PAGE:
Business Essentials for Professionals


New Operating System For Its Phones Launched By Huawei As It Targets ‘IoT’ Market

New Operating System For Its Phones Launched By Huawei As It Targets ‘IoT’ Market
China’s Huawei Technologies started to roll out its newly made and proprietary operating system called the Harmony operating system (HarmonyOS) for smartphones starting Wednesday. This is a part of the efforts of the embattled company to recover from the hit to its smartphone business because of sanctions imposed on it by the United States almost two years ago.
Starting Wednesday, owners and users of the company’s smartphones will have the opportunity to switch from the current operating system which is based on Google’s Android platform to the company’s HarmonyOS.
With the roll out of the HarmonyOS, Huawei will now not have to rely on the Android system to run its smartphones. The company had been banned from accessing technical support to new Huawei phone models by Alphabet Inc’s Google as well as to Google Mobile Services which comprises of a host of developer services which forms the basis for most of the Android apps because of the US sanctions.
Huawei is projecting HarmonyOS as an ‘Internet-of-Things’ platform instead of it being pitted as a like-for-like replacement for Android and this new operating system by the company will be able to operate on and connect other devices such as laptops, smart watches, cars and digital appliances.
Wang Chenglu, president of Huawei Consumer Business Group’s software department and the person leading Huawei’s efforts to develop HarmonyOS since 2016, said that the target of Huawei is to be able to roll out HarmonyOS on 200 million smartphones and 100 million third party smart devices by the end of the current year.
Wang had made these comments at a media roundtable a day earlier.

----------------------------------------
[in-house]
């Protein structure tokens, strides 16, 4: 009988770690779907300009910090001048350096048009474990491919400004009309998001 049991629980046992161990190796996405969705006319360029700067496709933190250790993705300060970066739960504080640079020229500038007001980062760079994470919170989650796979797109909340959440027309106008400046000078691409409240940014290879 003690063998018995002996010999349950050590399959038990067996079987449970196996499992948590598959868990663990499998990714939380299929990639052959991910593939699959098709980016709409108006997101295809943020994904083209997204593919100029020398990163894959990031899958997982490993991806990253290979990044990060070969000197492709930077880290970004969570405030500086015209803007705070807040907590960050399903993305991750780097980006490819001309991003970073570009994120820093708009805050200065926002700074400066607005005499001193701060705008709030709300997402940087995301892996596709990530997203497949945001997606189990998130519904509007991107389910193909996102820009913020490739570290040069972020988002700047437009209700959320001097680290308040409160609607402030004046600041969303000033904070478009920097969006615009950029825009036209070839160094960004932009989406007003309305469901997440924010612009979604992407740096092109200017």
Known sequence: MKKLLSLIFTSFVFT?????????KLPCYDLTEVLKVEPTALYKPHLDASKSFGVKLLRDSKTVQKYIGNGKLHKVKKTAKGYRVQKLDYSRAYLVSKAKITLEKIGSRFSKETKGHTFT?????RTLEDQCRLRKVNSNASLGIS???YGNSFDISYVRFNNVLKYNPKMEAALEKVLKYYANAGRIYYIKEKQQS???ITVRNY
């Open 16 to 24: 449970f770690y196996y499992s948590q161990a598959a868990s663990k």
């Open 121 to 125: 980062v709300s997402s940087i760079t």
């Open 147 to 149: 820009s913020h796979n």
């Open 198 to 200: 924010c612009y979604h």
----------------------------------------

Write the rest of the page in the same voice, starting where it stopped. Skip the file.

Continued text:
Huawei, also the leading telephone equipment maker of the world, was placed in the so called US trade blacklist in May 2019 by the then Trump administration over concerns of the government for its national security form the use of the Chinese company’s products. Huawei has repeatedly denied it is a risk.
The handset business of the Chinese firms was put under severe pressure because of the US sanctions. It dropped from being the biggest smartphone maker of the world prior to the sanctions to being placed sixth globally with a global market share of just 4 per cent as of the first quarter of the current year.
But with the roll out of HarmonyOS, the company was targeting beyond smartphones, Wang said. Growth in the smartphone market has become stagnant he said and added that smartphones are still the dominant device in people’s lives primarily because app developers gave very few other platform options to develop apps for.
Wang said that instead of smartphones, there was a need for a system that can help to bridge the gap between various forms of devices.
“The problem with existing operating systems is that devices can’t be connected easily,” with users often having to download separate apps to get things to connect, Wang said.
“But Harmony can enable devices to be connected to form a super device. It will work as one file system, literally one device,” Wang added.

Christopher J. Mitchell

Markets | Companies | M&A | Innovation | People | Management | Lifestyle | World | Misc